It's quite possible these words quickly spring to mind once you lay eyes on the new C-segment offering from Hyundai. The toned-down Fluidic 2.0 design language looks chic, classy and thankfully, not overdone. Visually, you can't really tell if the Hyundai Verna has grown in size. We'll wait for official figures from Hyundai India, but a quick glance at spec-sheets of the sedan's Chinese cousin show an increase in length, width and wheelbase.
Hyundai's shared a few pics with us, so thankfully, this report isn't just a blob of text. As you can see, the new Verna is a lot more mature in its appeal. The clefts and creases are subdued, but the design continues to scream 'Hyundai'. The top-spec variants we sampled featured projector headlamps with daytime running lamps as well as projector foglamps. The new family grille takes centre stage, and there's some hexagonal detailing that adds contrast to the chrome outline. There's some more of it around the foglamp enclosure, and a neat chrome underline along the window line as well.
That brings us to the side, which isn't as dramatic as the outgoing version. The 16-inch 'diamond cut' alloys fill the wheel wells nicely and it has a nice confident stance too. Round to the rear, the LED tail lamps look like the grown up versions of those on the Xcent. Hyundai's also cleverly shed flab at the rear by incorporating a black diffuser at the base of the bumper.
Yep. There's no denying the fact that the Verna continues to be a solidly-built car. The choice of materials look and feel premium, but there's no zing to talk about. Yes, the layout is user-friendly and convenient, but there's no novelty here.
The garish wood trim has made way for a clean black-silver theme which is easier on the eyes. The steering is similar to what we've seen on the Elantra, and the dials look modern too. In case you're wondering, yes - the Verna's MID is comprehensive and features a Distance To Empty readout unlike the Creta. The centre console is a three-layer stack that houses a 7-inch touchscreen system (with Android Auto, Apple CarPlay and Navigation) right at the top. The usual climate control interface sits right under. Hyundai says the Verna's AC has 'Eco Coating' tech that rids the cabin air of any odour. That's a step ahead from their 'Clean Air' technology.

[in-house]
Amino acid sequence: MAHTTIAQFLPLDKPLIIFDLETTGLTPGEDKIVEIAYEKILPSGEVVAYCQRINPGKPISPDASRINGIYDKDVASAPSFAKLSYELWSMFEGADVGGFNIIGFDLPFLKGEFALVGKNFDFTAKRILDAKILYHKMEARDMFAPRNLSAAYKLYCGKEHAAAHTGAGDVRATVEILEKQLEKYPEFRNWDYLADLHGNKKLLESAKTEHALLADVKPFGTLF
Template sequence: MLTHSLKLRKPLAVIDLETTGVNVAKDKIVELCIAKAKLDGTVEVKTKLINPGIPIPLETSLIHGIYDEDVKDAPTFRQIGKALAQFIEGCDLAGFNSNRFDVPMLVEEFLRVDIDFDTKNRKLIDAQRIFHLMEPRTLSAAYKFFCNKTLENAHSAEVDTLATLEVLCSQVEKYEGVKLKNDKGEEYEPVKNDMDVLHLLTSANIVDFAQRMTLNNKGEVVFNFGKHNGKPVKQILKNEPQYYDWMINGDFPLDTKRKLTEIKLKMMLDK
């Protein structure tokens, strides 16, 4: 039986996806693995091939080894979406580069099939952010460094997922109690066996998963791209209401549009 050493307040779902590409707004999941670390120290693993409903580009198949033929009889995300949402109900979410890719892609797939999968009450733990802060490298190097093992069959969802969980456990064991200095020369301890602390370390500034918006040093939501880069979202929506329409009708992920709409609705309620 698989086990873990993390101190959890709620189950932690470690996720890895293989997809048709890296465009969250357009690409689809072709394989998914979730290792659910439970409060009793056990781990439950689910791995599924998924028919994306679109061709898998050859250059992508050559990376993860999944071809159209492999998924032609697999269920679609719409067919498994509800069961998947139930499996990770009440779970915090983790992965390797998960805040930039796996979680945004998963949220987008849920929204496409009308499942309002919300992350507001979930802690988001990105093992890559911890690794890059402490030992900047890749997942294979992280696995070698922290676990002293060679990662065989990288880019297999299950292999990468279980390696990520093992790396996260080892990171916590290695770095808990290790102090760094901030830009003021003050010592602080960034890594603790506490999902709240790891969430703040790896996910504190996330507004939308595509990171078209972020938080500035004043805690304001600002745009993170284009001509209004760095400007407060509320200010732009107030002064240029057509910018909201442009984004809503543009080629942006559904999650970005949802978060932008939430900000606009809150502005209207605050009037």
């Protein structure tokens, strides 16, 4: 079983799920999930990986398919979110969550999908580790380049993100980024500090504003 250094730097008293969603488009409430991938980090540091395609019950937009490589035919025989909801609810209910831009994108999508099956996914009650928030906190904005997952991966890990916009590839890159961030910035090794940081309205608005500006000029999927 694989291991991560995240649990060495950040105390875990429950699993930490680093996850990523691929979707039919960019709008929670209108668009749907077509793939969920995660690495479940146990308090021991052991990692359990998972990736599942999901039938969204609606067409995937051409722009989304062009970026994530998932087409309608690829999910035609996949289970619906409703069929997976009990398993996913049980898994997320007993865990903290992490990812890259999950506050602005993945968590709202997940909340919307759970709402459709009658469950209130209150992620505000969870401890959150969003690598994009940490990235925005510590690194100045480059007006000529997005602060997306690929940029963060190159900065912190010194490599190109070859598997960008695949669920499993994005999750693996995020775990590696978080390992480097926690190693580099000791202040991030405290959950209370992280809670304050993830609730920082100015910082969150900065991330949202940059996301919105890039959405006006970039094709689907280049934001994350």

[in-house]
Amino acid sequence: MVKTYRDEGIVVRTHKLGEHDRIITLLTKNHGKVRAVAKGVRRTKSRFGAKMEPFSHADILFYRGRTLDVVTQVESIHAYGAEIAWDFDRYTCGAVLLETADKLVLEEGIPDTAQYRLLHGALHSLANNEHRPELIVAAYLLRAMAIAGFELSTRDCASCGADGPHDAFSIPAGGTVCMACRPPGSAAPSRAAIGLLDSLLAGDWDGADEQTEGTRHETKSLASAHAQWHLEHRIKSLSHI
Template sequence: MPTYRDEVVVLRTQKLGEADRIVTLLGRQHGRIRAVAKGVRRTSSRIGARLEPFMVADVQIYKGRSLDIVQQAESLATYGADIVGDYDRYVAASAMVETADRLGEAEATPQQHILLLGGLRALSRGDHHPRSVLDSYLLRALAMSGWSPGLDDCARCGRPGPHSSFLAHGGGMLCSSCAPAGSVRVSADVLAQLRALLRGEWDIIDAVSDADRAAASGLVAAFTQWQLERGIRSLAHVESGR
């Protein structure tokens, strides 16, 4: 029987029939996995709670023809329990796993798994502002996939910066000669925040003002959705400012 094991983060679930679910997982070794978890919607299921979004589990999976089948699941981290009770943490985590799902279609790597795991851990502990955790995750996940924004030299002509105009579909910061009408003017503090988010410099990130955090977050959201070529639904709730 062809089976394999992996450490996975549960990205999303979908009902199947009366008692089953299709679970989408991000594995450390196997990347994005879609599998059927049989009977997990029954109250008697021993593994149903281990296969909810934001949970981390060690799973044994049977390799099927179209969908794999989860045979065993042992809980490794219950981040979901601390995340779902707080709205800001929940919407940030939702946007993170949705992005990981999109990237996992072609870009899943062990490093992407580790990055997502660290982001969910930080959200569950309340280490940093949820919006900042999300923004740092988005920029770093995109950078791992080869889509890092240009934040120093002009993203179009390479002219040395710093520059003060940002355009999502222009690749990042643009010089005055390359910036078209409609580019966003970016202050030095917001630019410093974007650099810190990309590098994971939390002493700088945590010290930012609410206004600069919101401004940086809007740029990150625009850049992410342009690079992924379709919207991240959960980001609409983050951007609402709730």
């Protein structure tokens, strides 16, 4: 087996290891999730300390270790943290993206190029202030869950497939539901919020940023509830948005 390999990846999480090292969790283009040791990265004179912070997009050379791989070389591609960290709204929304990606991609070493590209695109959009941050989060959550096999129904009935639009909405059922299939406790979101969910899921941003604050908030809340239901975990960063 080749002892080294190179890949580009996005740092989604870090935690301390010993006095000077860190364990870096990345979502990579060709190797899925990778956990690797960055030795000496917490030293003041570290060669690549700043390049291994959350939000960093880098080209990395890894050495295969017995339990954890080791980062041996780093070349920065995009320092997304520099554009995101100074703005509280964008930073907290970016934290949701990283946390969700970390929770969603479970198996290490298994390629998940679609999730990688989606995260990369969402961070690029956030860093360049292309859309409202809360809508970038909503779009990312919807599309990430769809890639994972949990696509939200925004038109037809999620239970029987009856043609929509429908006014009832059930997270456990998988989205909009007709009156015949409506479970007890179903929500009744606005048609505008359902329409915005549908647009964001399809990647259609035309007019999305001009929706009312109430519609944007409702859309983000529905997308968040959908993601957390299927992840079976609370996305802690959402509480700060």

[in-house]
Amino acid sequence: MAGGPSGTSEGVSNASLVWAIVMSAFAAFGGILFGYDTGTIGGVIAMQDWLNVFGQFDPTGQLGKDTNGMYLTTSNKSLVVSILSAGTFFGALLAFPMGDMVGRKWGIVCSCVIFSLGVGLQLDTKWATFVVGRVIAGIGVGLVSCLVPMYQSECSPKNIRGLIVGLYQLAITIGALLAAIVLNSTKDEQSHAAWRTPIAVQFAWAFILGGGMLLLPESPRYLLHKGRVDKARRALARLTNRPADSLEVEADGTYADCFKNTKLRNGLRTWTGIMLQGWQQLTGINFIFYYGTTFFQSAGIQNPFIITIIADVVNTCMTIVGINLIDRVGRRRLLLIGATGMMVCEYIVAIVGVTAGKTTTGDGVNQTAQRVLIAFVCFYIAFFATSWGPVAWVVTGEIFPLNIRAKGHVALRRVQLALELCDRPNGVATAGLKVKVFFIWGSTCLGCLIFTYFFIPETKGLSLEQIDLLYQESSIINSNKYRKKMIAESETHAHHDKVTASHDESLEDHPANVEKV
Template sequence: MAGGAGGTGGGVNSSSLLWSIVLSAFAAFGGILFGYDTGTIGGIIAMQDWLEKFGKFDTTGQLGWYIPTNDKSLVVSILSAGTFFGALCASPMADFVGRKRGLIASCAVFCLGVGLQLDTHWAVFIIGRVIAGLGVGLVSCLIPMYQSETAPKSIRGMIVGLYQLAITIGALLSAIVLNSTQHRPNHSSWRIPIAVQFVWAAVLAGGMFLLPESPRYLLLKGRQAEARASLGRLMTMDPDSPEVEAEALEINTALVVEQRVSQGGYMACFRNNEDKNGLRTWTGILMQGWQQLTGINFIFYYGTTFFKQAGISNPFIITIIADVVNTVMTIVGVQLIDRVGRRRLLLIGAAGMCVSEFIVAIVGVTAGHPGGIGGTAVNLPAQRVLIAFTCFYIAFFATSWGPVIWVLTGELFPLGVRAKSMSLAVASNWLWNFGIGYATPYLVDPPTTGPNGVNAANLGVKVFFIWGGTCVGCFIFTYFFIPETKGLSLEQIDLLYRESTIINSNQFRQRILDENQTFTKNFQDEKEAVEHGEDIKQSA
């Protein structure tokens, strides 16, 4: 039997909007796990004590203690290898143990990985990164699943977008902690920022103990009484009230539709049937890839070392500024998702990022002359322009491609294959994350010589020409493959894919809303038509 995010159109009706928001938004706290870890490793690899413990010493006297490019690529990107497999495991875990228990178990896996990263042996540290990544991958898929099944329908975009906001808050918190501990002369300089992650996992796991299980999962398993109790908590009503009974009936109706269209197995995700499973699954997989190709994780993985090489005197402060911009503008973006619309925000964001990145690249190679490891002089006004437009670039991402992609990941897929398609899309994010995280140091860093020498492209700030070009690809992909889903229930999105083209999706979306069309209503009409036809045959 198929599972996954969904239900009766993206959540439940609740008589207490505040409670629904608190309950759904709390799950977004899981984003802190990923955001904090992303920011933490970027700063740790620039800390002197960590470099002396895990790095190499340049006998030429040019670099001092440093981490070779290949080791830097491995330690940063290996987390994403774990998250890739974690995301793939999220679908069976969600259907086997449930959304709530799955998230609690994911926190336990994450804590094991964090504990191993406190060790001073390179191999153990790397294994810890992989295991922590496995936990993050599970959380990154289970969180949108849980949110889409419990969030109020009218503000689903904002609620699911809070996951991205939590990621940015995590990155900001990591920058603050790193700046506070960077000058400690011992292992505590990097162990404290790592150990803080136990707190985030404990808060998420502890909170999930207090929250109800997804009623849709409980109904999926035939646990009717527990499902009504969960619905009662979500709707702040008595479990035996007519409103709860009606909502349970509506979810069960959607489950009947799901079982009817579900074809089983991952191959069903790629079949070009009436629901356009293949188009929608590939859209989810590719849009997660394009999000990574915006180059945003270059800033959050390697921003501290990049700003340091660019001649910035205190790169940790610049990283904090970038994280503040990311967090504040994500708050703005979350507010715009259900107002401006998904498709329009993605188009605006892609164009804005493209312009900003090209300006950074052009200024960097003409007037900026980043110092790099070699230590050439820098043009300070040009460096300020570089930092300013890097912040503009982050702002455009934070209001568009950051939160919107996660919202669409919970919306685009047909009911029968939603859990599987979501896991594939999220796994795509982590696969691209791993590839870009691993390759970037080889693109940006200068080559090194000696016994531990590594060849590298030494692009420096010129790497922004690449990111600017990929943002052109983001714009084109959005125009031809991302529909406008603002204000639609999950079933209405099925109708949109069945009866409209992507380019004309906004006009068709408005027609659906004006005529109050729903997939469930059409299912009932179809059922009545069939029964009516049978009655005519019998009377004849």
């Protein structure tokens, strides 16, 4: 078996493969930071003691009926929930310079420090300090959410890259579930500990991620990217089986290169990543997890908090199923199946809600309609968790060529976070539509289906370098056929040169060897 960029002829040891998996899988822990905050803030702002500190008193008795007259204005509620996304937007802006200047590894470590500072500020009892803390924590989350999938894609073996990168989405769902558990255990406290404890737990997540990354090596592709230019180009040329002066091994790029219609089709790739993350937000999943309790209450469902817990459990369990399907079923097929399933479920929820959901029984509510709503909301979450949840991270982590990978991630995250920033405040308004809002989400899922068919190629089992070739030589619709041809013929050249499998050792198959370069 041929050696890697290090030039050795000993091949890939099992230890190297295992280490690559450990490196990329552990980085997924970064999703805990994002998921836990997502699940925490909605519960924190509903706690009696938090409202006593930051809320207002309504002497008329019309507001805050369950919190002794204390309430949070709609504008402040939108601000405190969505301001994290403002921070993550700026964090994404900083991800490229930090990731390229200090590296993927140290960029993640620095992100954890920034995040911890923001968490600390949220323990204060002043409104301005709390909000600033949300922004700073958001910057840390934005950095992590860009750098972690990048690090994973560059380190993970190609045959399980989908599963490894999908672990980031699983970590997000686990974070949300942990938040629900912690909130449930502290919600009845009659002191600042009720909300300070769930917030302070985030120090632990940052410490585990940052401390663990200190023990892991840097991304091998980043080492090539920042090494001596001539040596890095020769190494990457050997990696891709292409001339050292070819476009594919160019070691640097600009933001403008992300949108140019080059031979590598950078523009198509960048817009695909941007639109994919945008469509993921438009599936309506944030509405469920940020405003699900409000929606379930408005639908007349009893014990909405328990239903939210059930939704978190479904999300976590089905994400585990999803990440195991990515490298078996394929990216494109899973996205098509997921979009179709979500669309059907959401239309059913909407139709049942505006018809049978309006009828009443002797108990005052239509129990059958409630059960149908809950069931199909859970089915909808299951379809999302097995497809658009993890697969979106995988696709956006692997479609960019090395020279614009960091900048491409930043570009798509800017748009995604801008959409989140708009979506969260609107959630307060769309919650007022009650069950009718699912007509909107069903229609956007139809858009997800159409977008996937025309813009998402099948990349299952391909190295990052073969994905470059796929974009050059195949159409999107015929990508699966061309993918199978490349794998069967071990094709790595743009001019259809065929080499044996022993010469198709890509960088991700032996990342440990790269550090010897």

(Global-spec Verna Interior pictured for reference)
Here's where things get really interesting. The Verna gets what's among our favourite in-cabin features - ventilated seats! It's the only car in its segment to get it; the next being its elder sibling - the Hyundai Elantra. More hand-me-downs from the bigger Hyundai sedan comes in the form of an electric sunroof, and hands-free boot release that pops open the trunk if you wave your foot underneath the rear bumper.
The Verna continues to feature leather upholstery, and the front seats score high in terms of cushioning and comfort. The rear is a compromise in comparison - the legroom isn't generous and anyone over six feet will be a bit too close to the roof. Seating three, although possible, will be a squeeze. That said, rear occupants are treated to their own air-conditioning vents, a central armrest and a single USB socket to juice up the phone.
As far as safety is concerned, the top-spec variant we drove around, featured six airbags. We're expecting dual airbags and ABS to be standard across the range, as is the case with the refreshed Honda City.